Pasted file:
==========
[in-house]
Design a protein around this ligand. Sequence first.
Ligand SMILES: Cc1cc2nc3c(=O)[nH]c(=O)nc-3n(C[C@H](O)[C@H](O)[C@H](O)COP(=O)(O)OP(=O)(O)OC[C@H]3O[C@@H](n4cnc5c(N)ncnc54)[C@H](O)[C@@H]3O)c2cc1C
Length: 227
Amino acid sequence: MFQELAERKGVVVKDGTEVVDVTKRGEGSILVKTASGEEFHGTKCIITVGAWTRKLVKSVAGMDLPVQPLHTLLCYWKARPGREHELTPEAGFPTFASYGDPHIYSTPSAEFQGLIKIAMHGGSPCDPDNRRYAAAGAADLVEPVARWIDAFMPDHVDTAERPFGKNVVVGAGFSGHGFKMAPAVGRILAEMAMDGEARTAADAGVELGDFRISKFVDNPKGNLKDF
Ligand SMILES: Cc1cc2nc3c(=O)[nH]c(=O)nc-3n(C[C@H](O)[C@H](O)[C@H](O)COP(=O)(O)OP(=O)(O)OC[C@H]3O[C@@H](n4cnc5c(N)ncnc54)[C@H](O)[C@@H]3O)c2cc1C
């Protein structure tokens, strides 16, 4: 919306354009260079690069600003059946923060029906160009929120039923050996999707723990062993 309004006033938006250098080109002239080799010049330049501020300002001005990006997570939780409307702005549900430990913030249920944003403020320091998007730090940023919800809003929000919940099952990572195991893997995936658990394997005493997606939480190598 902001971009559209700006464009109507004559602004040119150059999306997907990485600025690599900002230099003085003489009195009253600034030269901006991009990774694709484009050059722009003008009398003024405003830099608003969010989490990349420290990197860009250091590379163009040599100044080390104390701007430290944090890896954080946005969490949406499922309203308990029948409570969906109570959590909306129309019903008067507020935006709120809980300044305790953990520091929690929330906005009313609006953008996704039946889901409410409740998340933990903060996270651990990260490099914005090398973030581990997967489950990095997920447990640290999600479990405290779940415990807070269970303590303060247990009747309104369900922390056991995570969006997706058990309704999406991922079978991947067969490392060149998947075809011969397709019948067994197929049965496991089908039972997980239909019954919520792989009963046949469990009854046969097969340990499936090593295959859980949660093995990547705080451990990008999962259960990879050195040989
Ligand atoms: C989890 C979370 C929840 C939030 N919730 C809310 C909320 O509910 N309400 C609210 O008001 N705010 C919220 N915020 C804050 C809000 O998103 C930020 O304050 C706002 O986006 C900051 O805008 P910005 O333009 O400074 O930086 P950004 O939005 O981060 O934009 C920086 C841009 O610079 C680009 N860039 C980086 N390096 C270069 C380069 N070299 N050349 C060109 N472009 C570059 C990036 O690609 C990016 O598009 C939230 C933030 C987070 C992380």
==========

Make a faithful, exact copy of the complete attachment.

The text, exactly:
[in-house]
Design a protein around this ligand. Sequence first.
Ligand SMILES: Cc1cc2nc3c(=O)[nH]c(=O)nc-3n(C[C@H](O)[C@H](O)[C@H](O)COP(=O)(O)OP(=O)(O)OC[C@H]3O[C@@H](n4cnc5c(N)ncnc54)[C@H](O)[C@@H]3O)c2cc1C
Length: 227
Amino acid sequence: MFQELAERKGVVVKDGTEVVDVTKRGEGSILVKTASGEEFHGTKCIITVGAWTRKLVKSVAGMDLPVQPLHTLLCYWKARPGREHELTPEAGFPTFASYGDPHIYSTPSAEFQGLIKIAMHGGSPCDPDNRRYAAAGAADLVEPVARWIDAFMPDHVDTAERPFGKNVVVGAGFSGHGFKMAPAVGRILAEMAMDGEARTAADAGVELGDFRISKFVDNPKGNLKDF
Ligand SMILES: Cc1cc2nc3c(=O)[nH]c(=O)nc-3n(C[C@H](O)[C@H](O)[C@H](O)COP(=O)(O)OP(=O)(O)OC[C@H]3O[C@@H](n4cnc5c(N)ncnc54)[C@H](O)[C@@H]3O)c2cc1C
């Protein structure tokens, strides 16, 4: 919306354009260079690069600003059946923060029906160009929120039923050996999707723990062993 309004006033938006250098080109002239080799010049330049501020300002001005990006997570939780409307702005549900430990913030249920944003403020320091998007730090940023919800809003929000919940099952990572195991893997995936658990394997005493997606939480190598 902001971009559209700006464009109507004559602004040119150059999306997907990485600025690599900002230099003085003489009195009253600034030269901006991009990774694709484009050059722009003008009398003024405003830099608003969010989490990349420290990197860009250091590379163009040599100044080390104390701007430290944090890896954080946005969490949406499922309203308990029948409570969906109570959590909306129309019903008067507020935006709120809980300044305790953990520091929690929330906005009313609006953008996704039946889901409410409740998340933990903060996270651990990260490099914005090398973030581990997967489950990095997920447990640290999600479990405290779940415990807070269970303590303060247990009747309104369900922390056991995570969006997706058990309704999406991922079978991947067969490392060149998947075809011969397709019948067994197929049965496991089908039972997980239909019954919520792989009963046949469990009854046969097969340990499936090593295959859980949660093995990547705080451990990008999962259960990879050195040989
Ligand atoms: C989890 C979370 C929840 C939030 N919730 C809310 C909320 O509910 N309400 C609210 O008001 N705010 C919220 N915020 C804050 C809000 O998103 C930020 O304050 C706002 O986006 C900051 O805008 P910005 O333009 O400074 O930086 P950004 O939005 O981060 O934009 C920086 C841009 O610079 C680009 N860039 C980086 N390096 C270069 C380069 N070299 N050349 C060109 N472009 C570059 C990036 O690609 C990016 O598009 C939230 C933030 C987070 C992380």